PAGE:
by Bill Dupes

Cancer and AmputationAlthough cancer is often referred to as if it is a single disease, cancer is actually a group of over 100 different diseases affecting various parts of the body. They all have one characteristic in common, however – the uncontrolled growth and spread of abnormal cells that invade and destroy healthy body tissues and organs.

Approximately 9 percent of all amputations are due to malignancy, according to the 1988-1996 Health Care and Utilization Project National Inpatient Sample. Though science gets closer each year to a cure, a diagnosis of cancer still presents new challenges and stresses for many families. Studies have shown that cancer patients who participate in support groups have higher recovery rates. Your physician, hospital social services or library can provide referrals to local support organizations that can help you cope. The important thing to remember is that you are not alone. There are more than 9 million cancer survivors in the United States.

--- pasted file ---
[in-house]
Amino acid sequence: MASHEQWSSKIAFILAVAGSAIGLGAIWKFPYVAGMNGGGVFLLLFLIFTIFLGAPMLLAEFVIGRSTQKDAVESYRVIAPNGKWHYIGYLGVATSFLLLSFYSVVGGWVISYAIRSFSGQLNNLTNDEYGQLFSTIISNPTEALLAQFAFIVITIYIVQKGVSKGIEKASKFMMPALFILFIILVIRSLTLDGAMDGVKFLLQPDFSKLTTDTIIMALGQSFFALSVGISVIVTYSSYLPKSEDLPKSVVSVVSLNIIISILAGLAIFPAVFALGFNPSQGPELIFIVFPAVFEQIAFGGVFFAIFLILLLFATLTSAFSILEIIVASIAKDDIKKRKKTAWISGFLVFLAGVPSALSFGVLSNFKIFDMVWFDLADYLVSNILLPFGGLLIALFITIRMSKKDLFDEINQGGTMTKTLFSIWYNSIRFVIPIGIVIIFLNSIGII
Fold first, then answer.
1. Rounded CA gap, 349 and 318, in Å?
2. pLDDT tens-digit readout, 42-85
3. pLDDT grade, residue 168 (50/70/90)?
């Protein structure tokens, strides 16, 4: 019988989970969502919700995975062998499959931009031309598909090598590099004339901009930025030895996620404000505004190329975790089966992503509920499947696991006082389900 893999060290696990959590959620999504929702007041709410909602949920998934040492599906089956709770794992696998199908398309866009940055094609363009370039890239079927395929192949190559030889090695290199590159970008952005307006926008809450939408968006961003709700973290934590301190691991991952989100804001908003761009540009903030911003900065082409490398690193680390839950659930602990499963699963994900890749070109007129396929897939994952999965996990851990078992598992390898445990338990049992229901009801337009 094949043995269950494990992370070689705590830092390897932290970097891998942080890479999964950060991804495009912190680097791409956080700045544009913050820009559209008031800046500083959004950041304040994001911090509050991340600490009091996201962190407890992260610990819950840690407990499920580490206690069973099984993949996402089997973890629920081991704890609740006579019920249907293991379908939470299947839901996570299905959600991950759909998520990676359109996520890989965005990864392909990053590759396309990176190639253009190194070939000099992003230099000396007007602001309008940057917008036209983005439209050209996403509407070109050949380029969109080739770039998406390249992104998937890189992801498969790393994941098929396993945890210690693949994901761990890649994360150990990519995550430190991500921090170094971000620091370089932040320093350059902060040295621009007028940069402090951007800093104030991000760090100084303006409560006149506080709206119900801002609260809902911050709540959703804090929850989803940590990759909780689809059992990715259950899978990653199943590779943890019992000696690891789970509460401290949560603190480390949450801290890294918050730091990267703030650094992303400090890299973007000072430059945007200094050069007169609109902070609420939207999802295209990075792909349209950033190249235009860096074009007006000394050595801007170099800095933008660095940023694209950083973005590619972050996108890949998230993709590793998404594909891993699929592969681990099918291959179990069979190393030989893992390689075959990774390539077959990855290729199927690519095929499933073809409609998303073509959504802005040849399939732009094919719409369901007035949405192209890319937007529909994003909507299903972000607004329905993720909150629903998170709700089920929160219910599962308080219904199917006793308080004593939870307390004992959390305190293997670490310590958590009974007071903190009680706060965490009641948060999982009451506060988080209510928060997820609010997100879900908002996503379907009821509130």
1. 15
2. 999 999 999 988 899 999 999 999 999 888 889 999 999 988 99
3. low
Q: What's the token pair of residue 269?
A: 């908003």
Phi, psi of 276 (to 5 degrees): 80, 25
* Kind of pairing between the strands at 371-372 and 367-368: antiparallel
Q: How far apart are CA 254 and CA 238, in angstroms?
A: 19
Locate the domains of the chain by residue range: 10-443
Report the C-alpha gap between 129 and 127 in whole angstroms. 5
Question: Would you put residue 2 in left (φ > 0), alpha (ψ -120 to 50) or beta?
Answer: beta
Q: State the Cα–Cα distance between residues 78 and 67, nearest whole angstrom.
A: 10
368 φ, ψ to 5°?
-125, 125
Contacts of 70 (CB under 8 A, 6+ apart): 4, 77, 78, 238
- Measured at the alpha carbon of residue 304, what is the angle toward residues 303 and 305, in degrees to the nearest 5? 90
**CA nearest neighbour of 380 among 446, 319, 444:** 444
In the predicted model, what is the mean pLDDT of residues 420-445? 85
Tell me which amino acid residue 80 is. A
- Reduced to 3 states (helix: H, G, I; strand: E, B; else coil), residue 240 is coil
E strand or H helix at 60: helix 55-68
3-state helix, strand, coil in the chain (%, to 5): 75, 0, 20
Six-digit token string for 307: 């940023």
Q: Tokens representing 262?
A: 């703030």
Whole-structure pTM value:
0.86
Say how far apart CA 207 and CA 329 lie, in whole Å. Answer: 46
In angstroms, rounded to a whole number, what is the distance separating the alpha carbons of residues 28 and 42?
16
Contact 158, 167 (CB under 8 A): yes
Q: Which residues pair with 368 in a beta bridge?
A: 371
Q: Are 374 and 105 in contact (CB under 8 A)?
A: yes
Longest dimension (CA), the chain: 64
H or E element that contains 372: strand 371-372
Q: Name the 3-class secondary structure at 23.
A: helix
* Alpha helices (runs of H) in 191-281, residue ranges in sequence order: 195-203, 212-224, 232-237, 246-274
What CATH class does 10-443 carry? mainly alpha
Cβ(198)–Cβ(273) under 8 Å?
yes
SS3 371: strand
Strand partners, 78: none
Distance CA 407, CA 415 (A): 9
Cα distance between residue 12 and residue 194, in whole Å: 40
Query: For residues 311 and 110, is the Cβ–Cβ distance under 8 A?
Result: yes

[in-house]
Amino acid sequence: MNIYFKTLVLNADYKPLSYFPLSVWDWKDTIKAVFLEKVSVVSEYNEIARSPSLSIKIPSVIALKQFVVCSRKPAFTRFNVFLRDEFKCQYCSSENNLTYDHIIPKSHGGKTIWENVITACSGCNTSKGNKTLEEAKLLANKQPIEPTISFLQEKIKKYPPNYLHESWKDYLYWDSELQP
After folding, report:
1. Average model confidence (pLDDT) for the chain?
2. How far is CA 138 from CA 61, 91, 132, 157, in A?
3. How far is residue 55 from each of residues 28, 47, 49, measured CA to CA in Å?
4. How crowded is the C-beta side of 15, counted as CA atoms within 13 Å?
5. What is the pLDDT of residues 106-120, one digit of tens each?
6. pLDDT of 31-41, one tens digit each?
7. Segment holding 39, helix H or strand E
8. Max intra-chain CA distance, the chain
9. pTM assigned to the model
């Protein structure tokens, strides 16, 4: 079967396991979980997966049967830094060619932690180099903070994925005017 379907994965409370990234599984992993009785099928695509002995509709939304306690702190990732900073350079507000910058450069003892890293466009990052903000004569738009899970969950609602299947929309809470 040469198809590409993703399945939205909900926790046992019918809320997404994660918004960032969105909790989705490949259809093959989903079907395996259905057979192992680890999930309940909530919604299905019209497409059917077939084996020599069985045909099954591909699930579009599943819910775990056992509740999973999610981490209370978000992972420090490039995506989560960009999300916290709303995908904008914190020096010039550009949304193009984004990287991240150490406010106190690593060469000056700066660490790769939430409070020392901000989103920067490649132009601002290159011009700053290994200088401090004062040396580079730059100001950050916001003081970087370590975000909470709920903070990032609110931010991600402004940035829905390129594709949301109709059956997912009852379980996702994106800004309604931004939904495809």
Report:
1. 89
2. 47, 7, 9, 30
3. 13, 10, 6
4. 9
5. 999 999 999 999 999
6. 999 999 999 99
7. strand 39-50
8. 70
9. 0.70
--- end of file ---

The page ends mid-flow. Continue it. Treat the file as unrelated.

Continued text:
Internet "One-Stop" Sites & Key Information Resources

The road to recovery begins with understanding your diagnosis and what it means to you and your family. To make the most of your options, it is important to stay informed. You can find such information through "one-stop" sites and other key information resources on the Internet.

Many have "live chats" scheduled with physicians and other healthcare professionals. Some have information available in Spanish. Most offer information about the latest advances and treatments for particular kinds of cancer.

Please note, however, that these sites can only respond to general questions relating to site content, technical support issues, and navigation assistance. In most cases, the staff members are information specialists, not medical advisors, and, therefore, they cannot provide treatment recommendations or "second opinions."

Cancer Care, Inc.